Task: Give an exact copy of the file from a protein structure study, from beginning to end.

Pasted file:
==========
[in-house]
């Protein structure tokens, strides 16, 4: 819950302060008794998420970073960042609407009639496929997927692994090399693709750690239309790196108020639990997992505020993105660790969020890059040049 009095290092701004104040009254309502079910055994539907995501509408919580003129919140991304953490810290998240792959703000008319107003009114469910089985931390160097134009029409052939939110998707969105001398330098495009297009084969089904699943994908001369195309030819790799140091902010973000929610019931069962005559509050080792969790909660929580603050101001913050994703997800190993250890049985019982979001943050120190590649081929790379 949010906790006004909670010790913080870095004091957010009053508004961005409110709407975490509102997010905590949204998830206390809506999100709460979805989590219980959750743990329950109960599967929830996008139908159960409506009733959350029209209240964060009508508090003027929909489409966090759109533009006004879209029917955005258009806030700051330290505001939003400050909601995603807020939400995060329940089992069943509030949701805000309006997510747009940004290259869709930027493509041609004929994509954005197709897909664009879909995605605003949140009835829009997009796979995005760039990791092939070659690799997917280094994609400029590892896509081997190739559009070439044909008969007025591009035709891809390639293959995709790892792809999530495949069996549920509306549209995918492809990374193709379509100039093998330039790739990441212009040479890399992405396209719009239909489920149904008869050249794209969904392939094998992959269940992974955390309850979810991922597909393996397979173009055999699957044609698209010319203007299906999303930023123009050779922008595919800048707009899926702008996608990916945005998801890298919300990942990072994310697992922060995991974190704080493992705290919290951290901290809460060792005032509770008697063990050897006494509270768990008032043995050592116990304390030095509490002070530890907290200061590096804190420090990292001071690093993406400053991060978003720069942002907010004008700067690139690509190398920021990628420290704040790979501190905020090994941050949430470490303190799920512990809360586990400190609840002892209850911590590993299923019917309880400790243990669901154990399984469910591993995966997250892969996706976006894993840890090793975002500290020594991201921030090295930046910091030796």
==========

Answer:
[in-house]
């Protein structure tokens, strides 16, 4: 819950302060008794998420970073960042609407009639496929997927692994090399693709750690239309790196108020639990997992505020993105660790969020890059040049 009095290092701004104040009254309502079910055994539907995501509408919580003129919140991304953490810290998240792959703000008319107003009114469910089985931390160097134009029409052939939110998707969105001398330098495009297009084969089904699943994908001369195309030819790799140091902010973000929610019931069962005559509050080792969790909660929580603050101001913050994703997800190993250890049985019982979001943050120190590649081929790379 949010906790006004909670010790913080870095004091957010009053508004961005409110709407975490509102997010905590949204998830206390809506999100709460979805989590219980959750743990329950109960599967929830996008139908159960409506009733959350029209209240964060009508508090003027929909489409966090759109533009006004879209029917955005258009806030700051330290505001939003400050909601995603807020939400995060329940089992069943509030949701805000309006997510747009940004290259869709930027493509041609004929994509954005197709897909664009879909995605605003949140009835829009997009796979995005760039990791092939070659690799997917280094994609400029590892896509081997190739559009070439044909008969007025591009035709891809390639293959995709790892792809999530495949069996549920509306549209995918492809990374193709379509100039093998330039790739990441212009040479890399992405396209719009239909489920149904008869050249794209969904392939094998992959269940992974955390309850979810991922597909393996397979173009055999699957044609698209010319203007299906999303930023123009050779922008595919800048707009899926702008996608990916945005998801890298919300990942990072994310697992922060995991974190704080493992705290919290951290901290809460060792005032509770008697063990050897006494509270768990008032043995050592116990304390030095509490002070530890907290200061590096804190420090990292001071690093993406400053991060978003720069942002907010004008700067690139690509190398920021990628420290704040790979501190905020090994941050949430470490303190799920512990809360586990400190609840002892209850911590590993299923019917309880400790243990669901154990399984469910591993995966997250892969996706976006894993840890090793975002500290020594991201921030090295930046910091030796």